• Between August 1st and October 30th, the student Conduct and Community Standards Office received 124 student conduct referrals involving 290 students. The office issued 43 behavioral notices and processed 271 conduct cases. Eighty percent of the cases reported during this period have been resolved. Seventy-six of these incidents involved off-campus students, and 48 have involved on-campus students. The most common violations include students who have been found responsible for are disruptive behavior (noise disturbances) and underage alcohol misconduct.
      • When students are found responsible for violating Code of Student Conduct policies, they receive both status sanctions and educational sanctions. Status sanctions define the student’s relationship and status with Residential Life and/or the University. Here is a breakdown of status sanctions from August 1st to October 30th:
        • 1 expulsion
        • 4 suspensions
        • 22 suspensions deferred
        • 64 University probations
        • 11 housing removal deferred
      • Educational sanctions address the impact on the community and move the student along on the developmental spectrum with an individualized focus. Sanctions are imposed when a student is found responsible for violating Code of Student Conduct policies.
      • Here are relevant Links:
    • End of Semester: The University is communicating the importance of following regular testing protocol before students leave the Amherst area. All students are told to get a COVID-19 test two or three days before their planned scheduled departure. This is important to guard against spreading the virus in your home environment. For students who test positive, the university will offer isolation space.
    • The Town and University reopening working group will continue to meet weekly until November 20th and then meet in mid-December and early January.
    • Testing: Town staff truly appreciate that the University is providing asymptomatic COVID-19 testing for the Town’s Firefighters, Police, other first responders and inspectors. Providing access to this service, which the Town pays for, is very much appreciated by the staff.
    • Halloween: The Halloween weekend had 80 parties registered, the highest number of the fall semester. All of the parties were smaller than in previous years. Four Town bylaw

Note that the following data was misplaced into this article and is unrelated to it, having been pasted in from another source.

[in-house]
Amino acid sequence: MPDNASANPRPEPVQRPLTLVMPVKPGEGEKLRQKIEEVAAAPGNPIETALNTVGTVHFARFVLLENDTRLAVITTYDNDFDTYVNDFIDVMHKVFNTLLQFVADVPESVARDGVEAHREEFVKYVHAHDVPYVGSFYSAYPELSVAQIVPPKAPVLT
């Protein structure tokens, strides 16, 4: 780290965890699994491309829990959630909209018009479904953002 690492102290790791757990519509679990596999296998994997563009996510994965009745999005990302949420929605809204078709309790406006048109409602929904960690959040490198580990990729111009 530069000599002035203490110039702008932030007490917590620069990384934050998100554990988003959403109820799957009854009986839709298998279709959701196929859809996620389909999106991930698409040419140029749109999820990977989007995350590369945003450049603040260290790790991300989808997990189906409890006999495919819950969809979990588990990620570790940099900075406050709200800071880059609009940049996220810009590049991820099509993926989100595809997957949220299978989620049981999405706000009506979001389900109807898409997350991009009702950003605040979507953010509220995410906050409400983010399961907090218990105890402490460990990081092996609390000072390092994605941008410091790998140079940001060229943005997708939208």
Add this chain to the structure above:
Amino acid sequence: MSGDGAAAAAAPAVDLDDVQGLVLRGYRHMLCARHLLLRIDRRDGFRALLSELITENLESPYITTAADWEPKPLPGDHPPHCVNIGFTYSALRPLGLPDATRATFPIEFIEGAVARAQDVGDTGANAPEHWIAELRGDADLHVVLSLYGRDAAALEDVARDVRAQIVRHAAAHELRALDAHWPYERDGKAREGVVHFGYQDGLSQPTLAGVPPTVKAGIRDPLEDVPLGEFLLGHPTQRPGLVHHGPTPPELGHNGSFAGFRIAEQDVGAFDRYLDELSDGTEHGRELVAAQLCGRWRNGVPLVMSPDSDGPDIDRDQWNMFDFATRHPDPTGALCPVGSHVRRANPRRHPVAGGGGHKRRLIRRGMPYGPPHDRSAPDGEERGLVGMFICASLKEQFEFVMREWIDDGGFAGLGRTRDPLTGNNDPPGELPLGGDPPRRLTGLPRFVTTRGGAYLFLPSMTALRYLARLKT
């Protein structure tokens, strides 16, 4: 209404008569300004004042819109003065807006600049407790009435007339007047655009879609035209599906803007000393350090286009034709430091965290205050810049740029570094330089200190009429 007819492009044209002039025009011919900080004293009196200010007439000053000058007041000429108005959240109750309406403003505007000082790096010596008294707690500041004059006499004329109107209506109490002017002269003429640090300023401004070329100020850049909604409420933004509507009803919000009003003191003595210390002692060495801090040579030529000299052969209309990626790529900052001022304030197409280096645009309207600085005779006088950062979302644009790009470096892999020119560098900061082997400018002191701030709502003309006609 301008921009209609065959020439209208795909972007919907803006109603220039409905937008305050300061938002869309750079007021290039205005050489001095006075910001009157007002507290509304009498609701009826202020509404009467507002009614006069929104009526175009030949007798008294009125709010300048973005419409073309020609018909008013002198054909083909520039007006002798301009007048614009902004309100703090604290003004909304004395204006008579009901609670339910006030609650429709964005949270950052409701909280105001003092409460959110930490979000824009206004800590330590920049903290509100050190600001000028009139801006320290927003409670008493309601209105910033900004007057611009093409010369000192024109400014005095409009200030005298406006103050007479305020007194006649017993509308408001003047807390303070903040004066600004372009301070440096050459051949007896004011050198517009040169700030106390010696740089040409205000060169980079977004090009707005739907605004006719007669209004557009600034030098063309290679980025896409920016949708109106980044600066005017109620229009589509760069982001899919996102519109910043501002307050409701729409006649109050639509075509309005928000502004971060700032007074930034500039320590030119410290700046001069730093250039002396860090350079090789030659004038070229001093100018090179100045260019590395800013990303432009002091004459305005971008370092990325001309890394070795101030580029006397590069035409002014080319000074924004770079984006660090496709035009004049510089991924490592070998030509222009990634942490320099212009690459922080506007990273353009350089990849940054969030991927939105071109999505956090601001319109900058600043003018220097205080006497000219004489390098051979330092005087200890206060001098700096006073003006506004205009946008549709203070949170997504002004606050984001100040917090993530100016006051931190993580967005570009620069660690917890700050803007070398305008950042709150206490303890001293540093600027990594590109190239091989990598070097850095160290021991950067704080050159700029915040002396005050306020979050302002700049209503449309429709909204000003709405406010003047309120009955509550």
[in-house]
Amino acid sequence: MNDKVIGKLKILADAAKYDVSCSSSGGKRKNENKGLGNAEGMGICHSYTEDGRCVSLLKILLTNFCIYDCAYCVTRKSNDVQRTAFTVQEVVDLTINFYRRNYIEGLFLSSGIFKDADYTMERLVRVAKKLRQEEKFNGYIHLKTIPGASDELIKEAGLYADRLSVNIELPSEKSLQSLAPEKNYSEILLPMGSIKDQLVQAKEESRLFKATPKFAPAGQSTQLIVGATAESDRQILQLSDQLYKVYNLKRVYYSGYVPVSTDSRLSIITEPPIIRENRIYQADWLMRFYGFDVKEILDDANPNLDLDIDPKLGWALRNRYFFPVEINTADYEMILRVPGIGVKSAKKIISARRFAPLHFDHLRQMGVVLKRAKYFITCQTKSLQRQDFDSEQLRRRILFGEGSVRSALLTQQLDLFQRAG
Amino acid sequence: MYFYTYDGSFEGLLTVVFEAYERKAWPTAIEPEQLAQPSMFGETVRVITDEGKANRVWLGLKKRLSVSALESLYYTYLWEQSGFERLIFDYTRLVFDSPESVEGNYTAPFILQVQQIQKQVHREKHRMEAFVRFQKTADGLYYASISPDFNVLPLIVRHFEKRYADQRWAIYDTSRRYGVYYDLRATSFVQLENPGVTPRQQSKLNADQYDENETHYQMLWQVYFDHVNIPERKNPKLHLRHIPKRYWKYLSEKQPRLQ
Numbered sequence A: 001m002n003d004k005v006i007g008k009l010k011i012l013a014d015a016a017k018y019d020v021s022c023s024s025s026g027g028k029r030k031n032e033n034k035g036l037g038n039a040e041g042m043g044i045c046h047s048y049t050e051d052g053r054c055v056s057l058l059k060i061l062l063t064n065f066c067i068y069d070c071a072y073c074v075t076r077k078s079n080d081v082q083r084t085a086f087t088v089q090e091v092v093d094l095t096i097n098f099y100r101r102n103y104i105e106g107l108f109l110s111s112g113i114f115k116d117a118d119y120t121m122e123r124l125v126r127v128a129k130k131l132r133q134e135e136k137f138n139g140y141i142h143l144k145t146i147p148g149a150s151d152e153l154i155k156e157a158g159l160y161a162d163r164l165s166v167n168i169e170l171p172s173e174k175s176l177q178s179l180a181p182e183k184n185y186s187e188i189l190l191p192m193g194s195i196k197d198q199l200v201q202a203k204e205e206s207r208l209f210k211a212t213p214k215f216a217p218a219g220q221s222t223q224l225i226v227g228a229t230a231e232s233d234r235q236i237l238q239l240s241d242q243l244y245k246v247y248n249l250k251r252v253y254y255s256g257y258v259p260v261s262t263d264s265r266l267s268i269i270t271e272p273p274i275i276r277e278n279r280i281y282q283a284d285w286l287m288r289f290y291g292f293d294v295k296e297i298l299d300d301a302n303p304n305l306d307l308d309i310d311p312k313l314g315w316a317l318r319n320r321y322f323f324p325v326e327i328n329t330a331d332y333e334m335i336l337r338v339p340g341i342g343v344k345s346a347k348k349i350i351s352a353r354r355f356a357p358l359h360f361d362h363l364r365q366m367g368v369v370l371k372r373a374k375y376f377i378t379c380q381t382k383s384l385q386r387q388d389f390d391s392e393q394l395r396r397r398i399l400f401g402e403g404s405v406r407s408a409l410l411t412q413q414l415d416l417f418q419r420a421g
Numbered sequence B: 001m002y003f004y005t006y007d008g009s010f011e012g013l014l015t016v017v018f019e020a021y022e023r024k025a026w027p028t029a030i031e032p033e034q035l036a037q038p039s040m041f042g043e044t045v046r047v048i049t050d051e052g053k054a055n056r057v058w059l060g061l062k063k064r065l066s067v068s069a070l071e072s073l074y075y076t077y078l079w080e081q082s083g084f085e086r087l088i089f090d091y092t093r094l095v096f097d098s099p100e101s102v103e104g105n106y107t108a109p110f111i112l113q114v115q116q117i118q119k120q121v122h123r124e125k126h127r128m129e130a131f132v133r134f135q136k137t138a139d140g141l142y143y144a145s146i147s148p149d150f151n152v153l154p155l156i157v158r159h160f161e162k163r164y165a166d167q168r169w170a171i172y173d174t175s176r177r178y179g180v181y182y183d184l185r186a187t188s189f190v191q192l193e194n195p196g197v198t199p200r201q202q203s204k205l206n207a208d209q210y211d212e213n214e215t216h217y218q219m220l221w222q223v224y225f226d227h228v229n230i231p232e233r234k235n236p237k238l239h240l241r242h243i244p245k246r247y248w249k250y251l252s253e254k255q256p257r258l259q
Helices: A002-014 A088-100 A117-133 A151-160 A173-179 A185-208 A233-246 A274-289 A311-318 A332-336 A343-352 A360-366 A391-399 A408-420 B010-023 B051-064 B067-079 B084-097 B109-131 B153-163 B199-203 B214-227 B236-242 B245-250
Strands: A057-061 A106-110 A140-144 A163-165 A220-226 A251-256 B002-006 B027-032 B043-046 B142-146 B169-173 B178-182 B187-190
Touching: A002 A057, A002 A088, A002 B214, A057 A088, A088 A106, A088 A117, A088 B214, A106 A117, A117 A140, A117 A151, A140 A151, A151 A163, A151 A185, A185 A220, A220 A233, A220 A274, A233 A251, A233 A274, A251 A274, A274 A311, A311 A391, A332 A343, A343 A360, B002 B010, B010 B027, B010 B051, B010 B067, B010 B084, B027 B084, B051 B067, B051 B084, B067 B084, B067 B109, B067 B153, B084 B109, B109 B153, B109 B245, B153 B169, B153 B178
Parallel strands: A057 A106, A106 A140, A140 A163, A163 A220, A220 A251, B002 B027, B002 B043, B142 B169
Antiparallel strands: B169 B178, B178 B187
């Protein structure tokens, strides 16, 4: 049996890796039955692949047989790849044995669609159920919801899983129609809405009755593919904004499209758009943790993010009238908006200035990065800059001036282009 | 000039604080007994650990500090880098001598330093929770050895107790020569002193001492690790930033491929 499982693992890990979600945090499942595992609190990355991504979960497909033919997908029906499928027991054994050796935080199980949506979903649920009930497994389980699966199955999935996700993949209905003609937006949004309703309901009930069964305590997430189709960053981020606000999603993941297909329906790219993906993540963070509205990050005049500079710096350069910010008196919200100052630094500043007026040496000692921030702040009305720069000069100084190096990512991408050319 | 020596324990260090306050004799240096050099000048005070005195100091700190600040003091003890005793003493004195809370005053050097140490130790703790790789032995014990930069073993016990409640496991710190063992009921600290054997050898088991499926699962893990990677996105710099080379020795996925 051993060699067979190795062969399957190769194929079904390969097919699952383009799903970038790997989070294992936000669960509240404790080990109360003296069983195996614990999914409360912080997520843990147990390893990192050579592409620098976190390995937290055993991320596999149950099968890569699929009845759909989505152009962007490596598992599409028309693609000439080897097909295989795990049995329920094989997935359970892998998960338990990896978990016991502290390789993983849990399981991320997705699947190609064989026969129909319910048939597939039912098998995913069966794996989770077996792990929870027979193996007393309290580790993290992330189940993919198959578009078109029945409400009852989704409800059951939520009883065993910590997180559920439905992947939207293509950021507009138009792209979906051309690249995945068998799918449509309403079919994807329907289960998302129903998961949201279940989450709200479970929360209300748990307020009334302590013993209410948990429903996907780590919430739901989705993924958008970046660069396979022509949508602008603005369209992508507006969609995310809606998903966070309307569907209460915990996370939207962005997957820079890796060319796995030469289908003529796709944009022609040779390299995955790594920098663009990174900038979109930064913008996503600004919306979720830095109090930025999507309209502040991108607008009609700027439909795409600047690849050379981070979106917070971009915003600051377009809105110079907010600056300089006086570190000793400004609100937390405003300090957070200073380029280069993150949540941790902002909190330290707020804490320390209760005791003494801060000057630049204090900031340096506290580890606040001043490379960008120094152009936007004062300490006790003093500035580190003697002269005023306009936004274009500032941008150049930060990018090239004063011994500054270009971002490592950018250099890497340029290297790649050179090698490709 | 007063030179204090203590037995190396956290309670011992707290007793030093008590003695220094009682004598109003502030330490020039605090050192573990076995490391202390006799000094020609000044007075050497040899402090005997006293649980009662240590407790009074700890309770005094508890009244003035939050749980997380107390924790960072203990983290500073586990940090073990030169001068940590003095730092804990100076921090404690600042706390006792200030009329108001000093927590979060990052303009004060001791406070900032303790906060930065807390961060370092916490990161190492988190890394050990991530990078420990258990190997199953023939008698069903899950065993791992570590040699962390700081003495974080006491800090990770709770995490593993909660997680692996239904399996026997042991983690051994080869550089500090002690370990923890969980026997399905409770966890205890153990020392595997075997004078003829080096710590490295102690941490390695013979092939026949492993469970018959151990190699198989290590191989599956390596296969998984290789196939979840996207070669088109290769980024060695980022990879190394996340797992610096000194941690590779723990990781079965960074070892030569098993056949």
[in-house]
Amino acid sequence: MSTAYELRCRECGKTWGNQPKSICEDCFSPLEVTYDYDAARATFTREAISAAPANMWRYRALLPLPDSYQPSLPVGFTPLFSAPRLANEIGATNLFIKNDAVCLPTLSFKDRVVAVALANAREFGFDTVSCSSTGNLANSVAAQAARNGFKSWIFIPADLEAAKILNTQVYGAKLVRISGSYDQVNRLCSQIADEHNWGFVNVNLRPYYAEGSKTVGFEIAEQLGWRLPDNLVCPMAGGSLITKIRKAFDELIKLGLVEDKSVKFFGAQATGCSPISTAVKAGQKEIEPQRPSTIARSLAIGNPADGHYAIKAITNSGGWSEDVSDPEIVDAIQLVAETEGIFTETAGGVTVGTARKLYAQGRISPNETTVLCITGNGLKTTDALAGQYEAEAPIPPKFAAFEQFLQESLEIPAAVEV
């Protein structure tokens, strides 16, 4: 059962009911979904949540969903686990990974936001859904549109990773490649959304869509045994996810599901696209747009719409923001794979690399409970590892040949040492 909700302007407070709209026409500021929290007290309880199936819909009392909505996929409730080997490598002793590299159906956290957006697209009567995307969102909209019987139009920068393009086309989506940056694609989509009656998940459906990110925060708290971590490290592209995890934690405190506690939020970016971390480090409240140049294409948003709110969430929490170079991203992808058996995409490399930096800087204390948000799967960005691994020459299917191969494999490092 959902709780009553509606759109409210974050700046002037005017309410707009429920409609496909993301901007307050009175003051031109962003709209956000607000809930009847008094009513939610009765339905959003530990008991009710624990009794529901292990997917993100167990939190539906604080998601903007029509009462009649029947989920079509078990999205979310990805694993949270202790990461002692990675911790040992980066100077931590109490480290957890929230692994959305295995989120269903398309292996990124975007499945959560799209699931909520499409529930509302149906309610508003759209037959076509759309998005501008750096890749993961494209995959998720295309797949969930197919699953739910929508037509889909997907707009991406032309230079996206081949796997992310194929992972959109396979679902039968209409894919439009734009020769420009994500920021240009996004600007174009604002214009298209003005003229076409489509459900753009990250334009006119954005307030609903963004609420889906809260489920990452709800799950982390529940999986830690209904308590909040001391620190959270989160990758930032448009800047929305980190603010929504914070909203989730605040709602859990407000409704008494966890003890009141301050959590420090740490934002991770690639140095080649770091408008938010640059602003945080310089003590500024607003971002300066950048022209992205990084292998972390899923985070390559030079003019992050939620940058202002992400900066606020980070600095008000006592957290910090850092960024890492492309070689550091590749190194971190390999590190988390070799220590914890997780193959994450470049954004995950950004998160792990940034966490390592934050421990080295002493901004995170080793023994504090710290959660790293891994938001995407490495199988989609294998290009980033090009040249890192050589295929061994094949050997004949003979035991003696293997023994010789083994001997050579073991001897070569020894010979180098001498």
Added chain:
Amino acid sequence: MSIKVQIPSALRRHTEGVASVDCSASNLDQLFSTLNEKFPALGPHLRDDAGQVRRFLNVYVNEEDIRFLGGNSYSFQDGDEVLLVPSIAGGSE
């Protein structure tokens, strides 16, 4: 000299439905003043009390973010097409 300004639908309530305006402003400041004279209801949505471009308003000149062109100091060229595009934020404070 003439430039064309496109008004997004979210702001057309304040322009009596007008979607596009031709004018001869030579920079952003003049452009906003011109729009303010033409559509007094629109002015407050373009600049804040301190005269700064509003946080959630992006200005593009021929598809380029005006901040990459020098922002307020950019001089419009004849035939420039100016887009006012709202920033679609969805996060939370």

violations were issued on that weekend. With the Governor’s new orders, no registrations are being accepted through the Party Smart program.

  • Town Staff:
    • Veterans Day: Many thanks to the Town staff – mentioned above – who honored our Town veterans by delivering gift bags to local veterans on Veterans Day. This initiative has been organized by the Director of Senior Services with the support of the Senior Center staff, Director of Veterans Services, and CPOs.
    • Childcare: The Town is offering childcare services for school aged children through the LSSE Department. We are in conversation with the School Department to explore the possibility of expanding this program.
  • Town Clerk: Again, I offer superlatives to the Town Clerk’s office, in particular Acting Town Clerk Sue Audette and Acting Assistant Town Clerk Amber Martin, for conducting a fair, honest, and error-free election. Here is some additional information about the election:
    • The latest vote count from the Town Clerk’s office:
      • Number of voters:
        • Early voting by mail-in. 6,679
        • Early voting by absentee. 468
        • Early voting in person. 2,117
        • Day of election voting. 2,123
        • Number of registered voters 16,572
        • Percentage of voters who voted. 71.88%
        • Post-Election votes counted – 27 absentee votes & 144 early votes
      • The only numbers that aren’t included are the electronic overseas ballots (293), as well as any hand counted ballots (61).
      • The Board of Registrars will meet Monday to count any overseas ballots that were postmarked by 11/3/20 that we receive (just one right now).
      • Once that’s done, the Acting Town Clerk will be certifying the numbers for the election with the Secretary of State’s office and then posting all the official numbers online.
      • Total votes cast (which includes everything at this point – machine, hand count, overseas, post) is projected to be 11,912.
      • The Town Clerk’s office conducted post-election tabulation on November 10th to tabulate ballots received between November 3rd through November 6th by mail that are postmarked by November 3rd.
    • Quotes from the Polls by Ambassadors who were supporting the election effort:
      • “A man entered the polls and refused to wear a mask, calling them “bloody stupid,” and everyone in the gymnasium had to wait outside.”
      • “An elderly woman came into the polls, with some substantial physical handicaps. It was so heartening to see that she came out to vote, despite the difficulty.”
  • Public Safety:
    • Ambassadors: The ambassadors continue to rove the streets of Town – both in the downtown and other areas – offering masks, engaging with people, and educating them about the health and safety concerns with Covid-19. They have had nearly 200 one-on-one interactions and dozens more through the knock-and-talk program.
      • Here are some snippets of interactions as reported by the roving ambassadors:
        • “Had a very positive interaction with two homeless gentlemen, one was named Kenny (didn’t catch the other one’s name). While we didn’t talk much about COVID safety they talked about how they were thankful we were there trying to make a difference and told us about how Amherst is helping out the homeless population in general and how it’s outpacing most of the surrounding towns.”